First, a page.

Note: This is a summary of an article by Kent Mundle on Toptal.
With tons of app rolling out each week, it is unlikely that your app will get any attention at all. To help your app stand out, here are some insights from seasoned app designers.
Poor first impression
Apps with no instruction, bare apps that looks like it’s designed a decade ago. Before we even figure out how the app works, we will be so annoyed we return to the appstore to look for less confusing alternatives. Here are some reasons for the frustration.
Tailor to the needs of your users. Many “on the go” apps make the mistake of having a very tedious onboarding process. Don’t waste your users’ time. Don’t hinder them from using your app. Think progressive disclosure.
App without purpose
Many apps don’t even serve a purpose. Instead of solving problems, they are designed to follow trends. Once the novelty wears off, they are removed by your users.
Have a clear purpose for your app, and tailor the experience as so. Avoid features that do not align with the purpose. Make your app useful.
Dismissing app context
Use cases help define the purpose of your app. Have clear use cases for your app. Design all your features around these few use cases.
Example: Uber is designed to be very minimal, and excels at being used for quickly. This fits the purpose of the app — to serve the users when they are out with their friends. The unobstructive interface design helps the app fulfill its purpose without distraction.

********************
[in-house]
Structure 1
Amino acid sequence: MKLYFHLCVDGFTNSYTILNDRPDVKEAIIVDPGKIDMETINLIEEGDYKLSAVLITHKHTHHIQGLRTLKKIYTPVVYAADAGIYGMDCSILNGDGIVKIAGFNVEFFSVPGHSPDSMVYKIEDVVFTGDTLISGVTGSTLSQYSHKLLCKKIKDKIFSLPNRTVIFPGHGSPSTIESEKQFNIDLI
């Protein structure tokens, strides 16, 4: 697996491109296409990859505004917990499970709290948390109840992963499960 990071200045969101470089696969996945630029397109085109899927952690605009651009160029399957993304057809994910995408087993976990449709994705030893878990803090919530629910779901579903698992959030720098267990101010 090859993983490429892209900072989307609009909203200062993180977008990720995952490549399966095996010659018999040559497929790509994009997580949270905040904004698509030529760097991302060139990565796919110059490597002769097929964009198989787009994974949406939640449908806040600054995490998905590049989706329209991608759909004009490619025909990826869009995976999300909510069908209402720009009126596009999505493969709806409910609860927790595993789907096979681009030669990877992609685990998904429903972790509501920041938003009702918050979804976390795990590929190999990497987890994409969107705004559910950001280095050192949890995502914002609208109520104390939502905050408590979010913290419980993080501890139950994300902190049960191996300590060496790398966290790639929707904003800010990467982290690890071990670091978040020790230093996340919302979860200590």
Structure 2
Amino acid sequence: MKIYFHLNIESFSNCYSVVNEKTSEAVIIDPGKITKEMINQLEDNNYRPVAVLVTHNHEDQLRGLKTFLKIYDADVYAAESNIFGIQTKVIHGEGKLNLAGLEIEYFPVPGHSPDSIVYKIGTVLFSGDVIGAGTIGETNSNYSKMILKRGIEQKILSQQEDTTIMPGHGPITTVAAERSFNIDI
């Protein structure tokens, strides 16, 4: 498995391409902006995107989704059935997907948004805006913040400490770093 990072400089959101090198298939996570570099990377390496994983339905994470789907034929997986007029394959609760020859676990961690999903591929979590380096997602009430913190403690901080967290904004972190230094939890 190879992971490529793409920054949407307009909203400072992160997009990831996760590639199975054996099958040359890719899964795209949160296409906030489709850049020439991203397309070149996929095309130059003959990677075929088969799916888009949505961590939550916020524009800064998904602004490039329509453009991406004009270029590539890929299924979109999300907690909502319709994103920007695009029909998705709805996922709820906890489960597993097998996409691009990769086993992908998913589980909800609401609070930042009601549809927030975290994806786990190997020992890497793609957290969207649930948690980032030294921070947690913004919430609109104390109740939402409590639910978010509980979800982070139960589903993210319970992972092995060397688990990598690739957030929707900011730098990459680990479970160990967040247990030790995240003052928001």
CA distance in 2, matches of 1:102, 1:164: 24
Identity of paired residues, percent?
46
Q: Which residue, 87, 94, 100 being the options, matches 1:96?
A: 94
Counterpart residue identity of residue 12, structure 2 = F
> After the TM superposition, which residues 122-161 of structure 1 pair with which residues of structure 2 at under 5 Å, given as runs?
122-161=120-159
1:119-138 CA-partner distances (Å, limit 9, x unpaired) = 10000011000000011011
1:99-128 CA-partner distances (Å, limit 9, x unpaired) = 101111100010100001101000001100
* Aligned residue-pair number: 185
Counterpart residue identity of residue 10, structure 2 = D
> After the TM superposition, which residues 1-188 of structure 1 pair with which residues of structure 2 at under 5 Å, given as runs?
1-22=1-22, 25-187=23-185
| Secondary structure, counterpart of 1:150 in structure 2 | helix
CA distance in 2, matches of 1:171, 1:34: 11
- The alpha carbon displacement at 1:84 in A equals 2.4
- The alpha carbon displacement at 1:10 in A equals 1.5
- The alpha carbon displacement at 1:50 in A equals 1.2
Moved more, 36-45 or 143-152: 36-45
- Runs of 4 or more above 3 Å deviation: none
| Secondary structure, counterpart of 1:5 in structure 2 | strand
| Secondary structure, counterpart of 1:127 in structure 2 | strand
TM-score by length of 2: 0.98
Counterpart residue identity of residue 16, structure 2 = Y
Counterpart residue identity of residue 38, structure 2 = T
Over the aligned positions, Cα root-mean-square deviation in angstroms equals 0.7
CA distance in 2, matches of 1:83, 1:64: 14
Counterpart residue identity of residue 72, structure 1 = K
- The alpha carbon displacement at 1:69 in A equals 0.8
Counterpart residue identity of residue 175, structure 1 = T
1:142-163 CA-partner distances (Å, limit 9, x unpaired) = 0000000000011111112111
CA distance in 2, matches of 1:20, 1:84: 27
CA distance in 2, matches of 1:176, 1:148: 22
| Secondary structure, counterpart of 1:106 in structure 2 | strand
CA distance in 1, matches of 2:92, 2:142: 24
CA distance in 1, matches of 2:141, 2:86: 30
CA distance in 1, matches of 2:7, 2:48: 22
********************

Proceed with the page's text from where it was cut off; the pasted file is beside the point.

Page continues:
Disregarding the development budget
After you get a rough idea of how your app will look like, approach the developers for a budget. Your developers are the one doing the work, they should be the one giving the estimates.
If you run out of budget too early, you will end up cutting critical features. Pioritize which features you need the most. Act within budget.
Cramming in features
Many apps try to do too much at a time, turning the app into an ultimate swiss army knife. The overwhelming features list makes your app difficult to learn. The best strategy is to beginning with a few features, then test out new features in the future.
Overcomplicating app design
When a designer finds themselves adding things to make the design more appealing, chances are, these choice will just result in a very cluttered design.
Instead of designing additively, design reductively. This method is directed as much towards content, concept and function as it is aesthetics.
Aim to fit the required content without cluttering the screen. Don’t let the design get into the way of your content.
Instead of designing addictively, design reductively.
Under utilizing app beta testing
All designers test their apps in some way or another. Very often, the beta testing is done in house. But you need a fresh set of eyes to review your work. Send out an ad and work with a selected group of audience to iron out the details, find out what’s missing.
Anticipate that the testing will often take 8 weeks to do properly. Give the process enough time in order to collect the quality feedback that your app design needs.
The app design market is a battleground, designing adequate products is not enough. Hook your users from the beginning – communicate and demonstrate the value your app brings.
Most of these revolves around having a clear idea of what your application is about. So, refine and refine until absolutely nothing else can be taken away without the project falling apart.